I hear a lot of complaining – and real concerns – about how things aren’t the way they used to be. In some ways, this is sad, but in most ways, I see it as a very good thing. For example, women can vote -that is a great thing. Marriage is more about people’s rights than religious values – I see that as a great thing too. In fact, almost all of the changes that have taken place in the last 40 years are, in my opinion, good things.
“But what about competition on Sunday mornings (church-wise) or the fact that Good Friday is no longer an unofficial holiday?” you might ask (ask the Jewish and Muslim communities about Friday night football). I have mixed feelings about that. On the one hand, I would love to have a monopoly on Sunday mornings – it would make my life a lot easier. On the other hand – with the exception of shut-ins and people who are forced to work – I know that the people in church on a Sunday morning are there because they want to be (some children might take exception with that!). Practicing one’s faith is ultimately a choice, and when we choose to make that more important than anything else, we are showing where our heart is.
America was never very committed (religiously speaking) to organized religion. The mid-20th century was an anomaly – one source I read found that church attendance in the Colonies in the mid-1700’s was only 17%, and we are heading down to that number in this century. Sure – Spiritual But Not Religious – I can find God in nature more than in church – I follow my own spiritual path (Yadda Yadda Yadda). If you claim to be a Christian – and if you don’t, please don’t get your shorts in a bunch, because I’m not talking about you – then part – part of that claim is founded in being part of a faith community. If you prefer going to soccer games, then maybe you are a Soccerterian. If you prefer hiking, maybe you are a Druid. If you are a follower of Jesus, that means you participate in some way in a Christian community. You worship, you pray, you are generous with your time and money, you further the mission of Jesus by helping people in need.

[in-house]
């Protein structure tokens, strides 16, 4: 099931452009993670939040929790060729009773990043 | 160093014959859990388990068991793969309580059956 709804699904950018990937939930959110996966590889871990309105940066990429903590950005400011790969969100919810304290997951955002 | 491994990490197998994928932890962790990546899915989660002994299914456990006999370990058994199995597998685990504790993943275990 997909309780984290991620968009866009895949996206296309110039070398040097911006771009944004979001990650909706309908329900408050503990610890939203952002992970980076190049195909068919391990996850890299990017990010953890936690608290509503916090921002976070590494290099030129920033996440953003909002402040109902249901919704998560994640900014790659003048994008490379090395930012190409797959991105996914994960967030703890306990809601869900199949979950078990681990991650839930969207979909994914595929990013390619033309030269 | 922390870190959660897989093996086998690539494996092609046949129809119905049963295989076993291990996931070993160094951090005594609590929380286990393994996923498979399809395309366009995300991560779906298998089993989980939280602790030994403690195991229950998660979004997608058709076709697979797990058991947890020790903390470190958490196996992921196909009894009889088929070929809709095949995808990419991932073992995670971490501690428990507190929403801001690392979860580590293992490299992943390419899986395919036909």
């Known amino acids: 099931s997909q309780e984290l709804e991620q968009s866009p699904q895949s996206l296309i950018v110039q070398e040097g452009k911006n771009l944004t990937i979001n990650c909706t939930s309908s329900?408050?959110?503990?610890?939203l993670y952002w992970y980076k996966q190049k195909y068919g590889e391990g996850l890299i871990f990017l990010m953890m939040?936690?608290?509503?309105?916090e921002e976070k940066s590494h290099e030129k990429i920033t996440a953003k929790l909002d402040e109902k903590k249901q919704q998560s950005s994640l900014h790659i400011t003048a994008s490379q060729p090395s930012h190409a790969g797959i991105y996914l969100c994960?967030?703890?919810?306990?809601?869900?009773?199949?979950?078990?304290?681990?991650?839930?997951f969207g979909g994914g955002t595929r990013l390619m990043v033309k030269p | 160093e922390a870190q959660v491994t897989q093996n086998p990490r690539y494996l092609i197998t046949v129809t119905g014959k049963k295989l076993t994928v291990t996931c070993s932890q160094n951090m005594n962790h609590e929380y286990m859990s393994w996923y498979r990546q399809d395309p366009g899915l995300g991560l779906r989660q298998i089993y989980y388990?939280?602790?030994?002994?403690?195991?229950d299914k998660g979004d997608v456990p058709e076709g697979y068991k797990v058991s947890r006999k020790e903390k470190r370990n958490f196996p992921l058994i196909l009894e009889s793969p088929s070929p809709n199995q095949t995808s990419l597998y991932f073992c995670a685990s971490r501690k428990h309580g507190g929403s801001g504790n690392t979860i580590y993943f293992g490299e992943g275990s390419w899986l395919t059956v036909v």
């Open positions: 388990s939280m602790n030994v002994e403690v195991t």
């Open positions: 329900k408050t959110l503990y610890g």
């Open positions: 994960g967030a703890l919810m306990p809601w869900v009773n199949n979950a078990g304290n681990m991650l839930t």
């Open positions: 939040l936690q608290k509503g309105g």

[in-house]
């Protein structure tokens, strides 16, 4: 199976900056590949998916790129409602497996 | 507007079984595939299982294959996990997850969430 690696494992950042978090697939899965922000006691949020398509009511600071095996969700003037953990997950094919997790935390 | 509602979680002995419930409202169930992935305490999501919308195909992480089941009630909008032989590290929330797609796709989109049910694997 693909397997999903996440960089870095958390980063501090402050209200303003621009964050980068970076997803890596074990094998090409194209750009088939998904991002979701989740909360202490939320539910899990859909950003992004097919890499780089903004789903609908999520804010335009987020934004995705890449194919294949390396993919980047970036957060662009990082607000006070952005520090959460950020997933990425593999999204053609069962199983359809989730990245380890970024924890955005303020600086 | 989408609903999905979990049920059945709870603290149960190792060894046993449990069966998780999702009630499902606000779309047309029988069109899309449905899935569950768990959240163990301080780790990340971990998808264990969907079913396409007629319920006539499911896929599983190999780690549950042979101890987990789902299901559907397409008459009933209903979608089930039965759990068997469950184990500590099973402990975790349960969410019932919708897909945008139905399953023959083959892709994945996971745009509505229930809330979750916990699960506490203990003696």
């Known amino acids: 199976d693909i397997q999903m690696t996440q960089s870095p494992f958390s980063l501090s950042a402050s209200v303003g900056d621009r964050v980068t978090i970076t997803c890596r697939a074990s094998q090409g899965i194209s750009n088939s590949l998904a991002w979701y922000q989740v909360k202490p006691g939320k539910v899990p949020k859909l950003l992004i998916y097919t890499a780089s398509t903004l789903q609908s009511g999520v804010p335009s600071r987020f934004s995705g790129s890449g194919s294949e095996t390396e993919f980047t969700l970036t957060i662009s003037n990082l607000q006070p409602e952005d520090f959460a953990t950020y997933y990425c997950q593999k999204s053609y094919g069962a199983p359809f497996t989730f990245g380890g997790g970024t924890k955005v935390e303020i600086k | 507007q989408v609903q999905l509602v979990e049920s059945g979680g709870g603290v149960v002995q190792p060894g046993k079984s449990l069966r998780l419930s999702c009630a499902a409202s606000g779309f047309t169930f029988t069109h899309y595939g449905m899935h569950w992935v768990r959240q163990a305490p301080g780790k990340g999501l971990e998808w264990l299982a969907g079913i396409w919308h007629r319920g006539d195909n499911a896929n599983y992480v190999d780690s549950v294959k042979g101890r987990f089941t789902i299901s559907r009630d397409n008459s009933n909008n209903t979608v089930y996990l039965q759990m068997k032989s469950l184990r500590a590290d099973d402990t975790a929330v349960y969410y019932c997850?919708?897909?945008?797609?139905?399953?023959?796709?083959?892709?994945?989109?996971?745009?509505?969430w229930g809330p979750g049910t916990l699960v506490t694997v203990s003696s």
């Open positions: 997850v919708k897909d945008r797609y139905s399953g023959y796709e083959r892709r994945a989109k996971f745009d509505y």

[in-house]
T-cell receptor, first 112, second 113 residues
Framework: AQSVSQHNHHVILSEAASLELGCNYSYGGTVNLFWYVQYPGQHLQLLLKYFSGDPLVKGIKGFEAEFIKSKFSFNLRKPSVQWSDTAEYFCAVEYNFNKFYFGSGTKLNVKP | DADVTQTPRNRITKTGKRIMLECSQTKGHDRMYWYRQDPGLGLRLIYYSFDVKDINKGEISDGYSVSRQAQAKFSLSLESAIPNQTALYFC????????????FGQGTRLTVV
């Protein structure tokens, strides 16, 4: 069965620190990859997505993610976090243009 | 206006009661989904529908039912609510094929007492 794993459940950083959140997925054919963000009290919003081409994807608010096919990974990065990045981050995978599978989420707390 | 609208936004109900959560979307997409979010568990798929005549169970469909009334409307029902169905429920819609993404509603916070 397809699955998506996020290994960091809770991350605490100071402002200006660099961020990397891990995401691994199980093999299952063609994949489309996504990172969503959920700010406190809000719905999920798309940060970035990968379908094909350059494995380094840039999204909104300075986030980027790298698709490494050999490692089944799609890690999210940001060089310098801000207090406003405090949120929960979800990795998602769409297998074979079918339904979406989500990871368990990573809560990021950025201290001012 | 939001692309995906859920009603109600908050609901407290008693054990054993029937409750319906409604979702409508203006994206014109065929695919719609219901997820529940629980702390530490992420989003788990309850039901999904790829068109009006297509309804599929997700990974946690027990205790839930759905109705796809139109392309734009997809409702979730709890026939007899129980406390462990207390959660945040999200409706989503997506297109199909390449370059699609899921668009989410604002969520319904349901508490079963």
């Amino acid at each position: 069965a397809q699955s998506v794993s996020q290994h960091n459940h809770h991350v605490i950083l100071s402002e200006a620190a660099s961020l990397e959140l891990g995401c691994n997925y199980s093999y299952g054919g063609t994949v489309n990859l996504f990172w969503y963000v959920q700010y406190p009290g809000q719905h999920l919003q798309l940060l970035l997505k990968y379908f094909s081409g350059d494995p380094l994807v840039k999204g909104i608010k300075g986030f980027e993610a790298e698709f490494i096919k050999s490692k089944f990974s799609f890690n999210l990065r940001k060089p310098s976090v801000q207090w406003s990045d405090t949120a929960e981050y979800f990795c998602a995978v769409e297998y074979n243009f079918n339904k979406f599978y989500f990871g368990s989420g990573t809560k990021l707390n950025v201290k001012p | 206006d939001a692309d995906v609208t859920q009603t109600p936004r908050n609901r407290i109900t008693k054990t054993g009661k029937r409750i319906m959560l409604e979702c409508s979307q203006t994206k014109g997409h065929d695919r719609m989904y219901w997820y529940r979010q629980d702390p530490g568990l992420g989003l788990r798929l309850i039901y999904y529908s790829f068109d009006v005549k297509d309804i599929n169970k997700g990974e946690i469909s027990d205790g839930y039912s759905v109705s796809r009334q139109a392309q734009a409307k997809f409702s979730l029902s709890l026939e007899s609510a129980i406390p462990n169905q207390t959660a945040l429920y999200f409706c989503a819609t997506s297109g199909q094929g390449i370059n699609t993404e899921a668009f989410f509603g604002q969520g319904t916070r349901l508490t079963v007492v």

Is this being judgmental? Maybe. I’m not saying anything about anyone’s eternal destination. I know that many who go through the motions of faithfulness may not make it to heaven. Jesus said as much in Matthew 25. What I am saying is that the final destination of one’s soul, while an important concern, is not the only concern we should have. If we aren’t making the world a better place – both as an individual and as a faith community – then we aren’t being faithful. So (again – if you are a shut-in or forced to work, please ignore this part), why don’t you get up, come for breakfast (it is a special breakfast at 9am, and it is always great) on Easter, and stay for worship (10:30 only – 8am will be back next week). You might find that we (at Calvary) aren’t the way we used to be – and you might like that. Peace!
The Rev. Dr. Steve Ohnsman, PhD is pastor of Calvary UCC in Reading, PA